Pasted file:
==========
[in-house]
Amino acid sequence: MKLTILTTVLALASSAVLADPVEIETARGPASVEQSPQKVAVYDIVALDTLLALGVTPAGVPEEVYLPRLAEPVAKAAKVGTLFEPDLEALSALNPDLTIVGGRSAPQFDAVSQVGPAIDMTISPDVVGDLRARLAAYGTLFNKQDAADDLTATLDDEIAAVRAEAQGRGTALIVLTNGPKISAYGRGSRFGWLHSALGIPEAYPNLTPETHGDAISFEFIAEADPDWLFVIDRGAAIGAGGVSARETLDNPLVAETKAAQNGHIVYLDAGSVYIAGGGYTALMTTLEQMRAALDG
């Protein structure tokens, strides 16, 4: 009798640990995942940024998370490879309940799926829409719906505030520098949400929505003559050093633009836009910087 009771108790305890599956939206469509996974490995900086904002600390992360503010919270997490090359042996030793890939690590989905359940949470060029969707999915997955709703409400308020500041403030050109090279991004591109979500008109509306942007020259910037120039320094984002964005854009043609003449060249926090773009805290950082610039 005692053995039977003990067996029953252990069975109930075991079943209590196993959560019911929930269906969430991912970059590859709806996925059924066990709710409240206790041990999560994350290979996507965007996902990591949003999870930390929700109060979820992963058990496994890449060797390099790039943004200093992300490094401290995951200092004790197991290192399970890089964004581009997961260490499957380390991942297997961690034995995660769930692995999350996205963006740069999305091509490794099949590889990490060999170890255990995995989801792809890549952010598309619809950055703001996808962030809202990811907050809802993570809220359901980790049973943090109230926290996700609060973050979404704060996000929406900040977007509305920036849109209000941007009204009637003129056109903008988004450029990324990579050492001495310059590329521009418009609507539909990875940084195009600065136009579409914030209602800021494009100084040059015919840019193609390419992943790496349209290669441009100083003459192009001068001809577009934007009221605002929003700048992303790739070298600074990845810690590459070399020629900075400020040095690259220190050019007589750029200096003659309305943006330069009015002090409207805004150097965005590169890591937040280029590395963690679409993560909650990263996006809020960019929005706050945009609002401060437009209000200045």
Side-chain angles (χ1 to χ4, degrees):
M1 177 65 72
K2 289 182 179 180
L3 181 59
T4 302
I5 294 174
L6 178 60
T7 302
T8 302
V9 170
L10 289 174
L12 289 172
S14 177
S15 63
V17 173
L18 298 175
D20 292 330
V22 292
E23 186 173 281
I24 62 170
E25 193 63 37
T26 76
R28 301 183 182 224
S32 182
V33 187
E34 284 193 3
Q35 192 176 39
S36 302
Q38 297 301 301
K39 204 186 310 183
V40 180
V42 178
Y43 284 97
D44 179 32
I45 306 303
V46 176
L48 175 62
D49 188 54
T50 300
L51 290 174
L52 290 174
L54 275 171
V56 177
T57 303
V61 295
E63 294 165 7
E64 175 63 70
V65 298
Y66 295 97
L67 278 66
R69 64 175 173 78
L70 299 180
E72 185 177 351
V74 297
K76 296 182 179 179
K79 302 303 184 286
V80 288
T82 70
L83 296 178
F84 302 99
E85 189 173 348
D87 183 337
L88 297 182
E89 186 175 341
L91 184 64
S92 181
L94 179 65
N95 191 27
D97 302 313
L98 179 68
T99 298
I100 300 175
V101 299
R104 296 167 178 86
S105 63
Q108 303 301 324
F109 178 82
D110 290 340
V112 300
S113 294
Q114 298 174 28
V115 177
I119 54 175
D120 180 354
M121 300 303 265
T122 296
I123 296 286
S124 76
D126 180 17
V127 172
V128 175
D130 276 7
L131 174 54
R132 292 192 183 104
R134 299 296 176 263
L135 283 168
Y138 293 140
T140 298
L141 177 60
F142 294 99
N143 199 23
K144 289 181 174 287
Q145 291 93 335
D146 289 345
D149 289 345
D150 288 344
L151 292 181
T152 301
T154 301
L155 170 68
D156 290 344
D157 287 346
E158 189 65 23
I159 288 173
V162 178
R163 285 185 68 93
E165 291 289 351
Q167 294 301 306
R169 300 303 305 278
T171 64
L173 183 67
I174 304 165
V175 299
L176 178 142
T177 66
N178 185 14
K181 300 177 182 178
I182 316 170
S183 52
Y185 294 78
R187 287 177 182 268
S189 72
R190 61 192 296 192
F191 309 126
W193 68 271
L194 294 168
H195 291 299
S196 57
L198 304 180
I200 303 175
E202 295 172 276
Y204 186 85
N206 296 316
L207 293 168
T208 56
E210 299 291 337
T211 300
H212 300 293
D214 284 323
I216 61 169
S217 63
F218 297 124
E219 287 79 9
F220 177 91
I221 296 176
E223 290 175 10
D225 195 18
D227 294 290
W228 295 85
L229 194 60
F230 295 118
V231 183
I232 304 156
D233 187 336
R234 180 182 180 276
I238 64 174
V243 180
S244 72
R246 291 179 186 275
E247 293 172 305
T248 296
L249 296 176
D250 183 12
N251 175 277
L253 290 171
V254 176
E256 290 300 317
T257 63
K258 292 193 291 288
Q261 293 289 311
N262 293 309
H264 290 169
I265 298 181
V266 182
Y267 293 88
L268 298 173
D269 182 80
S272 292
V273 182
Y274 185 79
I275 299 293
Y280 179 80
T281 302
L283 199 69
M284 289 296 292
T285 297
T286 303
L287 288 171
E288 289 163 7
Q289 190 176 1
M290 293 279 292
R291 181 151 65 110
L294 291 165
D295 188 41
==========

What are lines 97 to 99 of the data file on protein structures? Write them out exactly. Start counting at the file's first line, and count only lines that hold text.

R132 292 192 183 104
R134 299 296 176 263
L135 283 168